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despatch

[dih-spach]
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verb (used with or without object), noun
  1. dispatch.
Related formsout·des·patch, verb (used with object)un·des·patched, adjective

dispatch

or des·patch

[dih-spach]
verb (used with object)
  1. to send off or away with speed, as a messenger, telegram, body of troops, etc.
  2. to dismiss (a person), as after an audience.
  3. to put to death; kill: The spy was promptly dispatched.
  4. to transact or dispose of (a matter) promptly or speedily.
verb (used without object)
  1. Archaic. to hasten; be quick.
noun
  1. the sending off of a messenger, letter, etc., to a destination.
  2. the act of putting to death; killing; execution.
  3. prompt or speedy transaction, as of business.
  4. expeditious performance; promptness or speed: Proceed with all possible dispatch.
  5. Commerce.
    1. a method of effecting a speedy delivery of goods, money, etc.
    2. a conveyance or organization for the expeditious transmission of goods, money, etc.
  6. a written message sent with speed.
  7. an official communication sent by special messenger.
  8. Journalism. a news story transmitted to a newspaper, wire service, or the like, by one of its reporters, or by a wire service to a newspaper or other news agency.
Idioms
  1. mentioned in dispatches, British. honored by being named in official military reports for special bravery or acts of service.

Origin of dispatch

1510–20; < Italian dispacciare to hasten, speed, or < Spanish despachar both ultimately < Old French despeechier to unshackle, equivalent to des- dis-1 + -peechier < Late Latin -pedicāre to shackle; see impeach
Related formsout·dis·patch, verb (used with object)pre·dis·patch, noun, verb (used with object)re·dis·patch, verb (used with object)self-dis·patch, nounun·dis·patched, adjectiveun·dis·patch·ing, adjective

Synonyms

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9. rapidity, haste, alacrity, celerity.
Dictionary.com Unabridged Based on the Random House Unabridged Dictionary, © Random House, Inc. 2018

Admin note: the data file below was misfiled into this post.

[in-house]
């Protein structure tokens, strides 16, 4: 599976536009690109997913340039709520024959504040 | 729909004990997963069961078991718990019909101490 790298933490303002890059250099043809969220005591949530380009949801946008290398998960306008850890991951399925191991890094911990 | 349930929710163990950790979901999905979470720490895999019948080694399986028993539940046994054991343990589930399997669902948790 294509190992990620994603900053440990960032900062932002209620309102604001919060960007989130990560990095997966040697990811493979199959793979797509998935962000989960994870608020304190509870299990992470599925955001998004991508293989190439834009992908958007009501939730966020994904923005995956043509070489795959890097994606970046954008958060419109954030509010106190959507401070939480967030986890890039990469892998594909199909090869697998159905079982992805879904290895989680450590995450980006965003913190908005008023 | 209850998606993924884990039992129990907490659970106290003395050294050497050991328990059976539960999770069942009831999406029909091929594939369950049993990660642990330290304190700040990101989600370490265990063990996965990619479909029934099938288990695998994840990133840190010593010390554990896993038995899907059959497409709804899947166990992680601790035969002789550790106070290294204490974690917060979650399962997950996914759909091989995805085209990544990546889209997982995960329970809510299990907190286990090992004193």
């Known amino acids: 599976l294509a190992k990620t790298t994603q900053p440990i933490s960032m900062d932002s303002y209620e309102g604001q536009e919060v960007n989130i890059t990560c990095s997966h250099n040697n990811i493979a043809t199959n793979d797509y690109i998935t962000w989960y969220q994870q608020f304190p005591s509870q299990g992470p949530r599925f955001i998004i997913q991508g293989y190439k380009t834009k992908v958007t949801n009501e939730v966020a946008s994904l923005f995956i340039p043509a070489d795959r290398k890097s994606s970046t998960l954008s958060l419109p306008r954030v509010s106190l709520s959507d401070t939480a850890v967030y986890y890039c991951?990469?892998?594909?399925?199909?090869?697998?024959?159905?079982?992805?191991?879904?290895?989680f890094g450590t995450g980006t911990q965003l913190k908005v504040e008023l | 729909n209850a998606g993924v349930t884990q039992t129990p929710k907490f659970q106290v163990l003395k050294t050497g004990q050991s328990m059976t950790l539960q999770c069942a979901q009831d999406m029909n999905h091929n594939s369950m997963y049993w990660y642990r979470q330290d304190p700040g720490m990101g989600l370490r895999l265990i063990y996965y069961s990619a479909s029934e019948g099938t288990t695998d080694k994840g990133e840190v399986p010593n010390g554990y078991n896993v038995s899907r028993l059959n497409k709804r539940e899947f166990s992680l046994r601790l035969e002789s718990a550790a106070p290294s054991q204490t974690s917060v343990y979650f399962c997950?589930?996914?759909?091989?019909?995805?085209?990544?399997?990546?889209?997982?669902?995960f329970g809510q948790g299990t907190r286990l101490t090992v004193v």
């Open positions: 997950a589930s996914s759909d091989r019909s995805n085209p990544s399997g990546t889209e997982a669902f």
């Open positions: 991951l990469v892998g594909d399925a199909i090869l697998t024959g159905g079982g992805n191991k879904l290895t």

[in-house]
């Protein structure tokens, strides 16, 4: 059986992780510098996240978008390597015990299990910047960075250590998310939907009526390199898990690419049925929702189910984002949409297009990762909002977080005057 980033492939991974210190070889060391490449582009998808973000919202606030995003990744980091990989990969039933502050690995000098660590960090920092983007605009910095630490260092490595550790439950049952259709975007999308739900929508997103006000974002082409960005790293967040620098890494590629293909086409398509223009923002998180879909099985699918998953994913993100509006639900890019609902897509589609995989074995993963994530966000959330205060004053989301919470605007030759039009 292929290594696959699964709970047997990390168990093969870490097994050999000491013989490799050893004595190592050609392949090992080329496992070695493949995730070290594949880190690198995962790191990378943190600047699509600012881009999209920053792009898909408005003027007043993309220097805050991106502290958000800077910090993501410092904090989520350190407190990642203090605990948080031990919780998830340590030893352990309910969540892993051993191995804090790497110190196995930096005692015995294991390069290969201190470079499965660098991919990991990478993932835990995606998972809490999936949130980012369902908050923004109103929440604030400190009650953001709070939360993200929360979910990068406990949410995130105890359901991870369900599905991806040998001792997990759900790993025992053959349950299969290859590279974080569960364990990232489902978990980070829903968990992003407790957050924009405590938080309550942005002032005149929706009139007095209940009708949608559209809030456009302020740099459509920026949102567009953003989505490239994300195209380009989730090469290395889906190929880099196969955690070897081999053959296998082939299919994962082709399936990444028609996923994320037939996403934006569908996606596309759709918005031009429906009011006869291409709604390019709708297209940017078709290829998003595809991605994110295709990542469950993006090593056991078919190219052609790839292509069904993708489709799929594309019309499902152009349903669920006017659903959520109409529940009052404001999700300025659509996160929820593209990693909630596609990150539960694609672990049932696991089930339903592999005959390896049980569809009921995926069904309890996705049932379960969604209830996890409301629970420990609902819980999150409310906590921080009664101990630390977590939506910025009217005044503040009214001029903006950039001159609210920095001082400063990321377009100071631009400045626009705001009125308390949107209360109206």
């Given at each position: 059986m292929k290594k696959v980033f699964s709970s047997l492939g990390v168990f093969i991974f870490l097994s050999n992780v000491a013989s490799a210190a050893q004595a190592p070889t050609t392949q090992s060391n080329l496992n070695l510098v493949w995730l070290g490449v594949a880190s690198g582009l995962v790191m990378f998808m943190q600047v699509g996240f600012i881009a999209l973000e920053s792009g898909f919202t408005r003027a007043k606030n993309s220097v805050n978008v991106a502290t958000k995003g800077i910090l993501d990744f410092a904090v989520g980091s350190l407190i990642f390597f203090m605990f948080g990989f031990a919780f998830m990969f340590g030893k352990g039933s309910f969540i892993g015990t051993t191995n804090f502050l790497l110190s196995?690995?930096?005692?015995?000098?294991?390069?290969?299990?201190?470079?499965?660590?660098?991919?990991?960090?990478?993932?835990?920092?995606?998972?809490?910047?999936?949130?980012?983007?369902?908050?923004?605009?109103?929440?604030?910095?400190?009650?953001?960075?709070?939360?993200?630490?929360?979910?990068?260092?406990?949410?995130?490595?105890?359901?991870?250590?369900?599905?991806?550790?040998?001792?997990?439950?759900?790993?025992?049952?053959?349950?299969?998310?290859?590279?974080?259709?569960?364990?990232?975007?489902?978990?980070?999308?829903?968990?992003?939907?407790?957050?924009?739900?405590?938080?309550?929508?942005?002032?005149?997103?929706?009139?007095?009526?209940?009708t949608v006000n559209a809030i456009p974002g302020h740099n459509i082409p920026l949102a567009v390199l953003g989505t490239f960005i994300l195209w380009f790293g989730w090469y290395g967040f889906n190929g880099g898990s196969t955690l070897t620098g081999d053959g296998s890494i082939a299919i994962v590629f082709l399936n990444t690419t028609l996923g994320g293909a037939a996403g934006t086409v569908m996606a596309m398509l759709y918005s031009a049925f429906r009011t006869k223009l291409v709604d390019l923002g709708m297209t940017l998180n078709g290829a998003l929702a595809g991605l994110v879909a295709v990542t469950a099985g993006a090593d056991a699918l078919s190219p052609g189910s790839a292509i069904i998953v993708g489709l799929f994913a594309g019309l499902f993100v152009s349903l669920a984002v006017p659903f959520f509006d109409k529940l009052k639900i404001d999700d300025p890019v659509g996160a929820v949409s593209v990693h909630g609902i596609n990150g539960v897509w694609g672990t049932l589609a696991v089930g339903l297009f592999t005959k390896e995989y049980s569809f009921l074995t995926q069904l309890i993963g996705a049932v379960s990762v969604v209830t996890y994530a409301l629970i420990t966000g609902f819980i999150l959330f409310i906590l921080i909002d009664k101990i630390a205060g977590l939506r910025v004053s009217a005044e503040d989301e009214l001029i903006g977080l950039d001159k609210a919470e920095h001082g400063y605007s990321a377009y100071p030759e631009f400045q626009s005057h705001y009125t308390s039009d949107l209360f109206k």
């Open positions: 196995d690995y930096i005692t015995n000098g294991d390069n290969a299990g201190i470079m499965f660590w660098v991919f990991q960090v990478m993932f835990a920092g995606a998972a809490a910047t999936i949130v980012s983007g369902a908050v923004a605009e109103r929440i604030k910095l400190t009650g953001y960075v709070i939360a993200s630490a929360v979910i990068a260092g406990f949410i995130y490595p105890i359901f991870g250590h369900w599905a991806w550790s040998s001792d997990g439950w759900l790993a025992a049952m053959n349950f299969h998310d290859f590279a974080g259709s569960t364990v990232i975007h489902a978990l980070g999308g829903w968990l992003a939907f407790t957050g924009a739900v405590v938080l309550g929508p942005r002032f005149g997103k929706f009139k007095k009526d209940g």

Examples from the Web for despatch

Historical Examples

  • Shall be happy to facilitate any despatch you may wish forwarded to your Government.

    Explorations in Australia

    John Forrest

  • He then summoned Madame Dufour, and sent her with his despatch.

    Night and Morning, Complete

    Edward Bulwer-Lytton

  • The latter took the despatch, and opened it, directing Jenkins to sign the paper.

    The Channings

    Mrs. Henry Wood

  • This was the despatch which you saw Mr. Galloway receive in his office.

    The Channings

    Mrs. Henry Wood

  • Now, it is impossible that any despatch could tell him that.

    The Channings

    Mrs. Henry Wood


British Dictionary definitions for despatch

despatch

verb
  1. (tr) a less common spelling of dispatch
Derived Formsdespatcher, noun

dispatch

despatch

verb (tr)
  1. to send off promptly, as to a destination or to perform a task
  2. to discharge or complete (a task, duty, etc) promptly
  3. informal to eat up quickly
  4. to murder or execute
noun
  1. the act of sending off a letter, messenger, etc
  2. prompt action or speed (often in the phrase with dispatch)
  3. an official communication or report, sent in haste
  4. journalism a report sent to a newspaper, etc, by a correspondent
  5. murder or execution
Derived Formsdispatcher, noun

Word Origin

C16: from Italian dispacciare, from Provençal despachar, from Old French despeechier to set free, from des- dis- 1 + -peechier, ultimately from Latin pedica a fetter
Collins English Dictionary - Complete & Unabridged 2012 Digital Edition © William Collins Sons & Co. Ltd. 1979, 1986 © HarperCollins Publishers 1998, 2000, 2003, 2005, 2006, 2007, 2009, 2012

Word Origin and History for despatch

18c. variant of dispatch (q.v.), apparently the result of an error in the printing of Johnson's dictionary.

dispatch

v.

1510s, "to send off in a hurry," from a word in Spanish (despachar "expedite, hasten") or Italian (dispacciare "to dispatch"). For first element, see dis-. The exact source of the second element has been proposed as Vulgar Latin *pactare "to fasten, fix" or *pactiare, or as Latin -pedicare "to entrap" (from Latin pedica "shackle;" see impeach); and the Spanish and Italian words seem to be related to (perhaps opposites of) Old Provençal empachar "impede." See OED for full discussion. Meaning "to get rid of by killing" is attested from 1520s. Related: Dispatched; dispatching. As a noun, from 1540s, originally "dismissal;" sense of "a message sent speedily" is first attested 1580s.

Online Etymology Dictionary, © 2010 Douglas Harper